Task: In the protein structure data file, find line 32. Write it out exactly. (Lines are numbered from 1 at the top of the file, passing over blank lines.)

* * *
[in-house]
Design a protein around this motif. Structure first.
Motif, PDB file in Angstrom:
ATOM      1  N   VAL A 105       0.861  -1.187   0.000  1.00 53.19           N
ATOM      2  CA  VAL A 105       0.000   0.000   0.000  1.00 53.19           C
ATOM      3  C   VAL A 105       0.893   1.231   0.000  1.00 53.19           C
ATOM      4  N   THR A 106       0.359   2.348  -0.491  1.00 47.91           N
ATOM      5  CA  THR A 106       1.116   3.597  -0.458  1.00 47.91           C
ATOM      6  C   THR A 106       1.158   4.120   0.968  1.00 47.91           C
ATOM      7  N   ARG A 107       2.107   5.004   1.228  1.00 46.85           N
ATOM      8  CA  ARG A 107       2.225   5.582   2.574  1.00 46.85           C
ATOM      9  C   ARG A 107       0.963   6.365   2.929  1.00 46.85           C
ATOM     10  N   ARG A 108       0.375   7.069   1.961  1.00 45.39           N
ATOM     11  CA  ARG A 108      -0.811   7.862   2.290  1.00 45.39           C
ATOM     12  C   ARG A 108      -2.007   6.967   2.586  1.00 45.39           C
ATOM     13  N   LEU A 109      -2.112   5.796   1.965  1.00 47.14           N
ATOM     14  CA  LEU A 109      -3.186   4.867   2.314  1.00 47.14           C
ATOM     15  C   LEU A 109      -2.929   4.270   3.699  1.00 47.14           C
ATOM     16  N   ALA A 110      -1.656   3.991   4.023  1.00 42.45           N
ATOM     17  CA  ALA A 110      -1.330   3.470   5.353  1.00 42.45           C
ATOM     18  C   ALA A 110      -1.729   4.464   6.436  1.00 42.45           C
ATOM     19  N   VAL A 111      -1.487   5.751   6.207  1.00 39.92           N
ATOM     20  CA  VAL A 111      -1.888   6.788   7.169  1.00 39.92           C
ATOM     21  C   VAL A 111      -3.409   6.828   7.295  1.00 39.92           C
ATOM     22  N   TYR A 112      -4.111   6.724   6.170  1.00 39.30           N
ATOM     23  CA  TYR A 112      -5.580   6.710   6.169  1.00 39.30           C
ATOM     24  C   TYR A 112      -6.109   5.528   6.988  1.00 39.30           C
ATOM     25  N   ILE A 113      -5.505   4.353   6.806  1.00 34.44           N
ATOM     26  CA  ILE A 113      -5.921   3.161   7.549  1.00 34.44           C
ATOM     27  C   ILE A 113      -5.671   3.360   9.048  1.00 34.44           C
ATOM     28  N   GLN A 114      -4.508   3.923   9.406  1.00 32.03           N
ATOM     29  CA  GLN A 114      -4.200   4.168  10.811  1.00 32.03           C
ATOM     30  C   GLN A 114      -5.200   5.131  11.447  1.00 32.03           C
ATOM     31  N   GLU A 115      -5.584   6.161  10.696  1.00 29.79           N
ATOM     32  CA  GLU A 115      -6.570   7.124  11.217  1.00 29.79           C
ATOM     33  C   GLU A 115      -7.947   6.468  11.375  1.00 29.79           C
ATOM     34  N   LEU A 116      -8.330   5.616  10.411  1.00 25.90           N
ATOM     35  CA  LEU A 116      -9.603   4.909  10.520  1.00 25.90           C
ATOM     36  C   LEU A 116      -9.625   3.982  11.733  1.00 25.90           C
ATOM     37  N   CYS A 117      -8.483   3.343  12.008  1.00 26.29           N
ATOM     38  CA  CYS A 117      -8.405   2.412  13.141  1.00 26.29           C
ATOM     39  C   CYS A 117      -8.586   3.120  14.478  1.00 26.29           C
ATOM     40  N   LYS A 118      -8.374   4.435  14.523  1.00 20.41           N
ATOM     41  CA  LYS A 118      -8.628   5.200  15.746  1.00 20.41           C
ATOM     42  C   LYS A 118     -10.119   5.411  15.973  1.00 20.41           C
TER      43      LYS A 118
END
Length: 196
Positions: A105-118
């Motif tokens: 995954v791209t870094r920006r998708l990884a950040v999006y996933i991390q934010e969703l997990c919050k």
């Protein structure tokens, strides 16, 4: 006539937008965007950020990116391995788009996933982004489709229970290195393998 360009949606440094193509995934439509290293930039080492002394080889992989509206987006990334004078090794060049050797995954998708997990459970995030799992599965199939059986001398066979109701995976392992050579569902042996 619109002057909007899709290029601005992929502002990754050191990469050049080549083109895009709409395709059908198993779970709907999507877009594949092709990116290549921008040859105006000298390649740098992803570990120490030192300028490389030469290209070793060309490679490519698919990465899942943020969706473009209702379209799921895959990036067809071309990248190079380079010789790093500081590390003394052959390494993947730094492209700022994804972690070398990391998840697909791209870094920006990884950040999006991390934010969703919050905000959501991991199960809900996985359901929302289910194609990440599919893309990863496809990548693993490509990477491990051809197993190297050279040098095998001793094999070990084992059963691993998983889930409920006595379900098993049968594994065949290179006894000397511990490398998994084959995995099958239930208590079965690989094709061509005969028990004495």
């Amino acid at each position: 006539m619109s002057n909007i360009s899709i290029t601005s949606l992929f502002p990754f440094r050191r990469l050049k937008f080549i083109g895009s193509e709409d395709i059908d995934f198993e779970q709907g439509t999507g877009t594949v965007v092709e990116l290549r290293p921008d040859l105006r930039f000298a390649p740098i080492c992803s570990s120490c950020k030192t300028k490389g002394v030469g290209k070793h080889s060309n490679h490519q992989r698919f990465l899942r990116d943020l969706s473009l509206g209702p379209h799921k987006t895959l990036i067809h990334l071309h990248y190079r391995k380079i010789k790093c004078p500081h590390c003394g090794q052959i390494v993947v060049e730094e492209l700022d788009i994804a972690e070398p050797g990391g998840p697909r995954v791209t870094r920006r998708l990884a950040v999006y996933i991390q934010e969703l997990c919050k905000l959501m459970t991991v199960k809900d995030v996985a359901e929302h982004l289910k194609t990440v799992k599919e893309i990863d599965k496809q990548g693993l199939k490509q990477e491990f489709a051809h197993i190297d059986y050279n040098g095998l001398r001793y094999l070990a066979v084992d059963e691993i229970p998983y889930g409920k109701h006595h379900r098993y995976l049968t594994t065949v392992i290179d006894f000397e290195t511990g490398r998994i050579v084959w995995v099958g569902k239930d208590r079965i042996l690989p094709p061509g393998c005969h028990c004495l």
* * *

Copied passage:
ATOM     29  CA  GLN A 114      -4.200   4.168  10.811  1.00 32.03           C